Single AC clamp can measure current flowing through a single wire in a non-invasive way. There are AVR/Arduino projects use such a clamp to measure house power usage. However, they use 3 clamps for 3 main wires that come into house breaker box. Unfortunately, I don't have access to separate wires in my breaker box. I can only access main power cable that comes to my house through the roof, and that cable has all the wires inside itself (is this a good assumption?) without possibility to separate them. If that is so, then the question is can I use a single clamp on that main cable for my own little power usage measurement AVR project, and if I can then is there some reason for it to be less reliable then 3 clamps solution?
To measure single-phase power, simply measuring voltage and current does not yield actual power with any precision. Any power factor issues will skew the results, often badly.
Consider instead a solution like this one from SiLabs with their Si8902, which uses digital-side isolation, not line-side. Or here is another approach from Linear Tech using their LM2940, where isolation is at line side. Similar isolated solutions exist from Texas Instruments, and many other companies.
If you must measure in discrete parts,
- Measuring current on both live and neutral legs is often useful - a difference would indicate an earth leak inside the domestic network. Inductive clamps are safe enough.
- Measure voltage across live to neutral using either an isolated voltmeter or an isolating voltage sense IC
- Measure phase on both voltage and current sense channels, so you can have a PFC correct power figure such as the utility company bills you for.
An important point to keep in mind:
Most utility companies frown upon any equipment connected on the distribution side of your domestic entry point / fuse box - all devices including power monitoring must be on your side of the fence. Also, connecting anything at all beyond the fuse box may violate UL or equivalent certification for your geography, leaving your home exposed to diminished insurance coverage.
For measuring remaining capacity of a LiPo battery pack, search for Battery Fuel Gauge ICs.
For instance, the Texas Instruments bq34z100 Wide Range Fuel Gauge supports LiFePo4 batteries from single cell through to 18 cells (3V to 65 V range), monitors battery health, charge and discharge, battery aging and self-discharge. It interfaces using I2C 2-wire, and also has direct indication support via an LED direct output pin.
Fuel Gauge or Gas Gauge ICs like this can both estimate remaining capacity, and learn the battery parameters over time, thus improving precision of estimate with use.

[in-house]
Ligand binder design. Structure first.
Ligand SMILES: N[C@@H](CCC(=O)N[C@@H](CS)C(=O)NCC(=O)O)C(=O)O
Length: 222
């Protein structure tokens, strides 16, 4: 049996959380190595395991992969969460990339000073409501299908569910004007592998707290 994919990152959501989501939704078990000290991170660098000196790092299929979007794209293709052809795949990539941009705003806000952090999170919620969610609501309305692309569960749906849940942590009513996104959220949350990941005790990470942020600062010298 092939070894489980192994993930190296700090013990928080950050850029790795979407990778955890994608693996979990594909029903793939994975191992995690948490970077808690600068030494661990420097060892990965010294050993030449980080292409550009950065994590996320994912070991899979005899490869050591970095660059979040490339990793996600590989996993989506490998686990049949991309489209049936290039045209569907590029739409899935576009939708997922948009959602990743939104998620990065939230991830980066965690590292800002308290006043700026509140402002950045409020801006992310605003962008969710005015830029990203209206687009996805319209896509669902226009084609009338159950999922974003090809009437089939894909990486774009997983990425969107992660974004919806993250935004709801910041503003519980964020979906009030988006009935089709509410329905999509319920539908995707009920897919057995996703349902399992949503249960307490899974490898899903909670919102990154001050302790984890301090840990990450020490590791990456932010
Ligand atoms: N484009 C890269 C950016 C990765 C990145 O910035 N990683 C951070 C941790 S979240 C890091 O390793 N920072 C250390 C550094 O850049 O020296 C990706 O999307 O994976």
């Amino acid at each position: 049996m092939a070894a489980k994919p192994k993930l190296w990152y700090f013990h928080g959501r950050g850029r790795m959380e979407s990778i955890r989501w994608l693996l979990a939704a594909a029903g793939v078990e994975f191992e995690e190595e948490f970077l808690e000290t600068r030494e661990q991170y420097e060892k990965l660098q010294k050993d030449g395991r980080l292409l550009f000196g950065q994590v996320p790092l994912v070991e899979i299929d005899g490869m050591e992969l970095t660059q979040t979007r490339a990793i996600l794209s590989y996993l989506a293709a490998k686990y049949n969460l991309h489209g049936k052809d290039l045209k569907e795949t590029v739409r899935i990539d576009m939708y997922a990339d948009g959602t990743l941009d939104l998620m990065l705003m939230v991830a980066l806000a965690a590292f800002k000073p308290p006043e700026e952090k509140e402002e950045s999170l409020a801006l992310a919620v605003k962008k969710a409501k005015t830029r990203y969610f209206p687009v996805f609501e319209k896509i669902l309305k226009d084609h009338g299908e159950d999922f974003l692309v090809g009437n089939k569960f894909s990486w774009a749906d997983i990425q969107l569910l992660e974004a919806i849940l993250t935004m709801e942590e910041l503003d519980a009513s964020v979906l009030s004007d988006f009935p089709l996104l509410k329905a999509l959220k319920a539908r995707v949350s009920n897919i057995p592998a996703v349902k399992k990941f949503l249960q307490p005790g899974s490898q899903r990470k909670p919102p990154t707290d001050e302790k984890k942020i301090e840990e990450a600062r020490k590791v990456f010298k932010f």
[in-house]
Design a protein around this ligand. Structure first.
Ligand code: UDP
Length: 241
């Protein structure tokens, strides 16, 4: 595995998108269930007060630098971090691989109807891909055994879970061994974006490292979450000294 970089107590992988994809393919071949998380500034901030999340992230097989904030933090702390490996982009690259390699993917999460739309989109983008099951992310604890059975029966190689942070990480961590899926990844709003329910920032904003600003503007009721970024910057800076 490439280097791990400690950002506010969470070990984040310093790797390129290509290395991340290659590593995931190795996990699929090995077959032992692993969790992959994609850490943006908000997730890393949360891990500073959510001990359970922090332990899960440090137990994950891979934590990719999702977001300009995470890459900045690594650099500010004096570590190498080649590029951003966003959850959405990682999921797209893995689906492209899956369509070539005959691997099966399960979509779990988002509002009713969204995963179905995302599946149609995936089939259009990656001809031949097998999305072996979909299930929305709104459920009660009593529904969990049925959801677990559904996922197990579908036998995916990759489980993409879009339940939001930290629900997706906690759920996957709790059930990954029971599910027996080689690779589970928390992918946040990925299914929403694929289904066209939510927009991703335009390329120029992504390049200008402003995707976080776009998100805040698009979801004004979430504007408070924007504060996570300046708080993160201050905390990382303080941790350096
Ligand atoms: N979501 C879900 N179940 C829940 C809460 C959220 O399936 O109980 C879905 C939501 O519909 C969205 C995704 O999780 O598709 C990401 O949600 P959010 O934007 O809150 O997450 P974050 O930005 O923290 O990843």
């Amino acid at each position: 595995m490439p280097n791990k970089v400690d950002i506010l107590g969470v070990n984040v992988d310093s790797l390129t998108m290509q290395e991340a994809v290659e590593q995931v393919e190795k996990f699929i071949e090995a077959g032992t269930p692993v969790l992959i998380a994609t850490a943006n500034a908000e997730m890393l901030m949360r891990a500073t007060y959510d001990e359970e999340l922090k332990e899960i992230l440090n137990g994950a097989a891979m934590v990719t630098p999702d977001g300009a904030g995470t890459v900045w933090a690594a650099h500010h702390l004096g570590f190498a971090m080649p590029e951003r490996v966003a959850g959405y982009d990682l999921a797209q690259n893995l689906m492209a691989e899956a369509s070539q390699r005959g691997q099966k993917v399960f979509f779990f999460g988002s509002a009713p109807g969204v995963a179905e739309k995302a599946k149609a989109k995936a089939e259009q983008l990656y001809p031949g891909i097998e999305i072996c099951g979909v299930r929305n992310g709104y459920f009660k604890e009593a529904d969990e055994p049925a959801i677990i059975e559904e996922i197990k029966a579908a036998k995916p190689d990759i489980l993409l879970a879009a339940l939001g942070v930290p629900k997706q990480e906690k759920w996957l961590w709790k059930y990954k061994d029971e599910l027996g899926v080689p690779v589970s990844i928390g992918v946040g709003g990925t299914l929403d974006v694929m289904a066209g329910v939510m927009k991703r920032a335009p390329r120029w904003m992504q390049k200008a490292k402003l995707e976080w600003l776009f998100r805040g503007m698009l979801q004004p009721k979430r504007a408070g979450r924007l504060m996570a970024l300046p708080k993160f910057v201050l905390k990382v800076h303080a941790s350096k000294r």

To take battery management further, LiPo battery pack manager ICs such as bq3055 not only provide fuel gauging, they also incorporate over and under-voltage protection, overcurrent and over-temperature protection, all in one package.
For measuring current in the 50 Ampere range mentioned in the question, an integrated Hall Effect Current Sensor IC such as Allegro's ACS756 Hall Effect based Linear 50-100A Current Sensor can be used. While sub-50 Ampere current sensors are also available, at lower prices, it would be better to use a sensor rated for higher than the maximum current envisaged.
The down-sides of measuring current flow and thereby attempting to estimate remaining capacity are:
- Current has to be monitored constantly, as any missed readings due to interrupts on the microcontroller, for instance, would lead to imprecision in readings.
- Reactive loads like motors do not have a linear current draw: Besides ripple, they can also back-feed current. With the proper battery protection in place, this back-feed will not harm the batteries, but may be partially used to charge the batteries. This leads to further imprecision.
- A low current draw when the motors are off but the rest of the circuit is operating may not register at all in a high current sensor, and self-discharge certainly will not register. More imprecision.
The current sensor mentioned has an analog voltage output, 20 mV per Ampere, and requires an ADC pin at the microcontroller to constantly poll the readings. Other current sensors exist with direct serial (I2C or SPI) output, saving the ADC pin, and for buffered output devices, the requirement for constant sampling by the microcontroller.